4. Individual reports – limited to four minutes each. Participants get an opportunity to report on their speech in the two weeks preceding the meeting. The reports are recorded for evaluation at home. Discussion: Some deterioration in your speech is to be expected if you are writing exams. The importance of doing more relaxation exercises to counter stress while writing exams is emphasised.

5. Toughening exercises (see previous chapter) - three rounds each.

6. Telling jokes. Two participants told prepared jokes. Even though their stress increased when saying the punchline, they managed well.

7. Telephone exercises. The chairman gave two volunteers pieces of paper with the name and telephone number of a restaurant and a squash club respectively. Both notes also contained a short sentence. The sentences, which had to be read aloud word-for- word to prevent avoidances, were: ‘How much are the pizzas?’ and ‘Do you allow non-members to play squash at your club?’

The two members attempted the exercise. Each had to read his sentence aloud to those present, then read it over a dead telephone and finally make the actual call. The calls were to be recorded.

Both excelled at the task. Member A had an initial problem with the word ‘much’, but his reapplication was successful and he pronounced the word correctly.

8. Tea and social get-together after the meeting.

Selecting club officials

To ensure that the group is run democratically, the position of the chairman alternates. The chairman is responsible for planning and controlling the meeting. He should guard against long ‘philosophical’ discussions (the ‘philosophy’ of stuttering and the technique can be discussed afterwards during tea). He should also vary the exercises to prevent monotony. Use a variety of role-playing exercises and think of new exercises.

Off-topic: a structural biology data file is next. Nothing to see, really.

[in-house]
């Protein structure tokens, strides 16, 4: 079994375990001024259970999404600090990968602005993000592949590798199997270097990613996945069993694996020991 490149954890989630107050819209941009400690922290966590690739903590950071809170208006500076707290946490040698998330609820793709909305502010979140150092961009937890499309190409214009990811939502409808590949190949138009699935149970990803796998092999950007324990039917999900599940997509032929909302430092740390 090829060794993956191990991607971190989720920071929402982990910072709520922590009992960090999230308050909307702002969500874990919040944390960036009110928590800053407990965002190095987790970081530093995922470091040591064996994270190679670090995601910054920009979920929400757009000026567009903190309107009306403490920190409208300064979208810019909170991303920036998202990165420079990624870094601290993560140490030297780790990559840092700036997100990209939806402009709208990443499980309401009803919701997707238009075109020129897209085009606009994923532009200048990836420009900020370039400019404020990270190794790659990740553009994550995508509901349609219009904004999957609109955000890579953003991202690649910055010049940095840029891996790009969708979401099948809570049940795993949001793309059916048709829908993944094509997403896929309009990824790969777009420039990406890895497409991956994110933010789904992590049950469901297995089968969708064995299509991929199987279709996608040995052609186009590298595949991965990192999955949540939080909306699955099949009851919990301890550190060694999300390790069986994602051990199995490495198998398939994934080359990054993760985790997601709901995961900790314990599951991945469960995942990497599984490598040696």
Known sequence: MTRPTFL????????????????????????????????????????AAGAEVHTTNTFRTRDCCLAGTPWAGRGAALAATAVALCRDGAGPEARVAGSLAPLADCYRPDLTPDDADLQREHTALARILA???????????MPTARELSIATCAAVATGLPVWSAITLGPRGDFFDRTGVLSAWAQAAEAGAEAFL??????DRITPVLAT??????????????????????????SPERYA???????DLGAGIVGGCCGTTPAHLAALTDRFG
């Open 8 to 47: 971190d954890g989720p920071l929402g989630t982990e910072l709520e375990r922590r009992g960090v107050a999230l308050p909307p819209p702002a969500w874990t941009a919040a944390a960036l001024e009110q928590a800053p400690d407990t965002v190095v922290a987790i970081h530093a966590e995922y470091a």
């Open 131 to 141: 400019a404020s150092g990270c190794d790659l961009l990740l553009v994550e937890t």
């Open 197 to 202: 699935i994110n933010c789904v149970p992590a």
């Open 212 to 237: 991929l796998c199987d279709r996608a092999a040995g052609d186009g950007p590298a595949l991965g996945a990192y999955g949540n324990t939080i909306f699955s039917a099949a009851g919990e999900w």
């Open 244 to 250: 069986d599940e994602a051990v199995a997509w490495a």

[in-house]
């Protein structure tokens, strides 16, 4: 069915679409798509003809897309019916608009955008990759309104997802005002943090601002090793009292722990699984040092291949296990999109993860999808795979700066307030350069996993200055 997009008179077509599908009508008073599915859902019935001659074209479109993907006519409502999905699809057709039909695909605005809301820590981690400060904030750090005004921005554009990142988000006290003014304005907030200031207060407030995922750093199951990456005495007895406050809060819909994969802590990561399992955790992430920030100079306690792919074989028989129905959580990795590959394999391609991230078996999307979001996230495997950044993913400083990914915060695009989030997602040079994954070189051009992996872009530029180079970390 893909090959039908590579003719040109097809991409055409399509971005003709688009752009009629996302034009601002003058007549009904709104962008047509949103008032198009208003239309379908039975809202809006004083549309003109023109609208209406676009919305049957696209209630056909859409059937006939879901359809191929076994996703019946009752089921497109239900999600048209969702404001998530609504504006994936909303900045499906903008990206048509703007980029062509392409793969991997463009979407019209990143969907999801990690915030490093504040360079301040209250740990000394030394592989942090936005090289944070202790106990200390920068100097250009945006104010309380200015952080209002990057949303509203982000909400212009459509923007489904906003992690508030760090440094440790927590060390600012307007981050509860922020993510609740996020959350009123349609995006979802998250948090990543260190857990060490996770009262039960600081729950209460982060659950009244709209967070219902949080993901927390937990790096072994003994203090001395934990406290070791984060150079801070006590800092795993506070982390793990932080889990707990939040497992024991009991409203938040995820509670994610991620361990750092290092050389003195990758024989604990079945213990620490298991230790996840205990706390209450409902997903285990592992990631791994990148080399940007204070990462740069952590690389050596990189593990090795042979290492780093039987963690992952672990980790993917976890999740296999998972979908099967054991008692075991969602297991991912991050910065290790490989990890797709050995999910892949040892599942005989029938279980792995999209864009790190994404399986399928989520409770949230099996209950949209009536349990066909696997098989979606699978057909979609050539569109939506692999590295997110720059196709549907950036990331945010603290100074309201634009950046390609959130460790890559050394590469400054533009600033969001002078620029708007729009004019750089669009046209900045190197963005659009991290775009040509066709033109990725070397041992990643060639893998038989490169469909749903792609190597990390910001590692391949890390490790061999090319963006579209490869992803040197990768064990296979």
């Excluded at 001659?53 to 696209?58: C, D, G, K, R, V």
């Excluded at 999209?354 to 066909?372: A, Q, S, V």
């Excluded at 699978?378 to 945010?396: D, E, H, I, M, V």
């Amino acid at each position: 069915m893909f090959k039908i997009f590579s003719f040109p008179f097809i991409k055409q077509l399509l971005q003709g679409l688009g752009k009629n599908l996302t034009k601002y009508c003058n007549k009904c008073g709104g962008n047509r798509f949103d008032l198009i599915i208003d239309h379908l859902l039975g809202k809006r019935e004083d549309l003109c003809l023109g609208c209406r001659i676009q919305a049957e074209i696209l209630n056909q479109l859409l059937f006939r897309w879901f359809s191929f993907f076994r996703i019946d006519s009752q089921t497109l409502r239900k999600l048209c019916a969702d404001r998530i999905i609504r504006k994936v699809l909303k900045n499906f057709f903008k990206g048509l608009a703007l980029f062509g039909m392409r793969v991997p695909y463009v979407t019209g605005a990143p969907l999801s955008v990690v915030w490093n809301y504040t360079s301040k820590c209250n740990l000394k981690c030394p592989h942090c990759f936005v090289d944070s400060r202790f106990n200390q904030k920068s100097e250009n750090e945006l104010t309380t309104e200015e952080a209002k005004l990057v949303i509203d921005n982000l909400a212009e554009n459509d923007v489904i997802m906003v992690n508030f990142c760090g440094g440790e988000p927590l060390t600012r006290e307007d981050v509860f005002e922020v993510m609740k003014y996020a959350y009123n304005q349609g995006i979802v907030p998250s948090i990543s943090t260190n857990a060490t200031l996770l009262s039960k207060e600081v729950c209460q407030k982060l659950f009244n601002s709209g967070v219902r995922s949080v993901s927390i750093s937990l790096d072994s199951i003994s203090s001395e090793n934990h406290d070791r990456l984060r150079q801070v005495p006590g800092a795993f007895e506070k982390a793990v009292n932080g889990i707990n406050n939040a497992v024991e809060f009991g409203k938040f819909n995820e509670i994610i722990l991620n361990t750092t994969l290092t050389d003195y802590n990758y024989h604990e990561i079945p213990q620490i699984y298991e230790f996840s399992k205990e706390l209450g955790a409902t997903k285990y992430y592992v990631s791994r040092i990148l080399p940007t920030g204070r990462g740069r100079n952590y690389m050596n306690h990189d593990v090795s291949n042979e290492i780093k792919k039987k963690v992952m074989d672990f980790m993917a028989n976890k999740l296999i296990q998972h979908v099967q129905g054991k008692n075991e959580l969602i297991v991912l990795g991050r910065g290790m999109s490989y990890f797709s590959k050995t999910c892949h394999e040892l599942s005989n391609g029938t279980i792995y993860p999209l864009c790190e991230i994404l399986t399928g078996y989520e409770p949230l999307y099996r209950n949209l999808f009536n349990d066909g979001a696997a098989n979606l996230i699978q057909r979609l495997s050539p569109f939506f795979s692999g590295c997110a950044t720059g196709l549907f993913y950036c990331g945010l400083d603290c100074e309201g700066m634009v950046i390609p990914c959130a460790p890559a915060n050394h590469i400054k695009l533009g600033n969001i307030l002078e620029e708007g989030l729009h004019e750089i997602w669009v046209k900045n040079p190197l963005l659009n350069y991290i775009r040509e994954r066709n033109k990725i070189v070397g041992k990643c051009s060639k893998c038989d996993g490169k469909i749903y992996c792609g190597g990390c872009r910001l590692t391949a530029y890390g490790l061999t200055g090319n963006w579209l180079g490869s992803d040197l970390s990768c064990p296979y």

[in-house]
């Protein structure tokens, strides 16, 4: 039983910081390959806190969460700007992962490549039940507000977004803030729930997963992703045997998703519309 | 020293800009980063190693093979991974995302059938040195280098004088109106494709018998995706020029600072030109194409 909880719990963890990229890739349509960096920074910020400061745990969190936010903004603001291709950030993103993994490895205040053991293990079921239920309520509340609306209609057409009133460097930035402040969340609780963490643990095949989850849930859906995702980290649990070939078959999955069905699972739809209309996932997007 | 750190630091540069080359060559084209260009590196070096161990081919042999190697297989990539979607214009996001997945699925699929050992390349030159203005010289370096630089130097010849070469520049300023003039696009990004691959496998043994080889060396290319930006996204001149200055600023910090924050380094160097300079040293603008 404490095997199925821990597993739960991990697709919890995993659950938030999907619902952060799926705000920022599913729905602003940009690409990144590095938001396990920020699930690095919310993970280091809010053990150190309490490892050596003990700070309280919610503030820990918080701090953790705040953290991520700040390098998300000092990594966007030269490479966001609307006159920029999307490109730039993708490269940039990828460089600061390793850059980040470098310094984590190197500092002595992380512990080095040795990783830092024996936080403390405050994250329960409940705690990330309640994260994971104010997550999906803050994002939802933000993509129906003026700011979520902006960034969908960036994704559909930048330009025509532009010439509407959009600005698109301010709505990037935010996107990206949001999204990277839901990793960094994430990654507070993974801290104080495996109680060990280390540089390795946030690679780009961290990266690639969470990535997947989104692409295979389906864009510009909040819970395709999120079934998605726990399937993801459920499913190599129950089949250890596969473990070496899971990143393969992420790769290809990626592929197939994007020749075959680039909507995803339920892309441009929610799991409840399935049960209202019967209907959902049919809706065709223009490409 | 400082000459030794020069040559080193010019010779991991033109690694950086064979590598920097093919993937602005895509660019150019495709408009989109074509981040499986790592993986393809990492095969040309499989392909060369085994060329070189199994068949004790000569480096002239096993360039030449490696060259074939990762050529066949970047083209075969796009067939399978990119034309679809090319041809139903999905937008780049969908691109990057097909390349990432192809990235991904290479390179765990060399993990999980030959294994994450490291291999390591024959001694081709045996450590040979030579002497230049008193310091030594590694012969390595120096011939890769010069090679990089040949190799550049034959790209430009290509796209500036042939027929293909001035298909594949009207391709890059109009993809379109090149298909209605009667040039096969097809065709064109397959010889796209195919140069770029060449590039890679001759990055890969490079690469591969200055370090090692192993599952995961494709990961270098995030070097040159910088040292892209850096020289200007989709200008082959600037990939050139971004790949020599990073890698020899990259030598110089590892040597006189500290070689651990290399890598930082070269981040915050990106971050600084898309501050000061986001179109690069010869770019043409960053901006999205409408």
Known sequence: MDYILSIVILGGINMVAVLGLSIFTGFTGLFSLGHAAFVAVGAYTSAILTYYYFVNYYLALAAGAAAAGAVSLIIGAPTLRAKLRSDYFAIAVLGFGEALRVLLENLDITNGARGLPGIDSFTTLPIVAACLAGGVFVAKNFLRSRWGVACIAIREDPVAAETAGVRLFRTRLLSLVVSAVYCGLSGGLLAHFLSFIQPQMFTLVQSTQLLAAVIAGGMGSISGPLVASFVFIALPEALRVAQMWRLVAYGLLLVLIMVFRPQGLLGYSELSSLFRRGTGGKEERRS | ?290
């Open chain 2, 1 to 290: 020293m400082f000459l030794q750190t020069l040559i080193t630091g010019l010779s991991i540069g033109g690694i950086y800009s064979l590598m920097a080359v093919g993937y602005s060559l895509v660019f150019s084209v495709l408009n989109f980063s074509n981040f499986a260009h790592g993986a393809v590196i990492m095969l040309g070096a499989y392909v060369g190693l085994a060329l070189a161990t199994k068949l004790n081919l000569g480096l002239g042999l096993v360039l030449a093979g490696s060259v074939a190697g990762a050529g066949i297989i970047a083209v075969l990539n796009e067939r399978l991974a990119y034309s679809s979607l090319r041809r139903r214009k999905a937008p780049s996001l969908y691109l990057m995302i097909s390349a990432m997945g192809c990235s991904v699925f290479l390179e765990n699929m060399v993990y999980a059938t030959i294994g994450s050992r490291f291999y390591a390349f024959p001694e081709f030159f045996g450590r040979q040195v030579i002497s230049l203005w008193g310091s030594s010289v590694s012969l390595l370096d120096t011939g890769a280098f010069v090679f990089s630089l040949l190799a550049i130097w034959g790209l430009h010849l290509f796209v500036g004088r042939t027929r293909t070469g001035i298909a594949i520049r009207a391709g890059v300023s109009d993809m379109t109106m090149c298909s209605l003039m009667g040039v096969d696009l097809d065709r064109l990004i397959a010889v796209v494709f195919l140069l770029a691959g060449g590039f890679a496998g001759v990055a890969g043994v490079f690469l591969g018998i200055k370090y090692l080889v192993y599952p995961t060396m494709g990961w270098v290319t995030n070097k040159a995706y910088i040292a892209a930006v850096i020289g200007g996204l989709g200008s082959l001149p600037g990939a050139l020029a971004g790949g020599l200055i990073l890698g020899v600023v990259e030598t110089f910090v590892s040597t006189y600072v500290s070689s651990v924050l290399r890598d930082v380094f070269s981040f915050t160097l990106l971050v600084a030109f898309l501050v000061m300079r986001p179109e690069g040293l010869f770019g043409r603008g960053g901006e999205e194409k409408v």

The secretary is responsible for newsletters or minutes and acts as public relations officer, for example by answering public enquiries and issuing information pamphlets. Publicity is essential to attract new members, and can be had by writing letters and articles for newspapers, creating a blog or website, having the club’s telephone number entered in the telephone directory, contacting radio and TV stations, etc.

A senior member should be appointed as a training officer to educate and demonstrate the technique to new members.

A treasurer could be appointed to collect membership fees to cover any expenses.

Example of a practice report (to be completed by the airflow speaker)

The airflow speaker can use the practice report for his own benefit, or include it with recordings of airflow practices which are handed to the therapist on a regular basis for evaluation:

Practice Report for the two-weekly period from _______to ______
Name: _______________________

 Address: _____________________

Telephone number: (home) _______ (office) _______

General remarks about speech during the previous two weeks:





 Any problem situations? What happened? Eg telephone conversation, public speaking, restaurant, shop, stranger, authority figure, etc. (Also mention type of conversation and name of listener.)


 What caused your block(s)? (Tick as applicable.)

[ ] Pushed flow
[ ] No flow
[ ] Pre-forming
[ ] Not slowing first syllable
[ ] Thinking of the feared word instead of ‘rest’
[ ] No reapplication
[ ] Too loud

Evaluate your recorded exercises: (A = perfect; B = good (some mistakes); C = average (many mistakes); D = poor (mostly mistakes).

Did you do Target Person and Intensive Interval Exercises every day? YES / NO

 To whom did you explain and demonstrate the technique during the past two weeks? (Name 5 people.)


I practised for an average of (   ) minutes per day.

I use the technique (   ) % of all speaking time in everyday situations and with a success rate of (   ) % when I use it.

Difficult words: Name the difficult words/sounds that caused specific problems: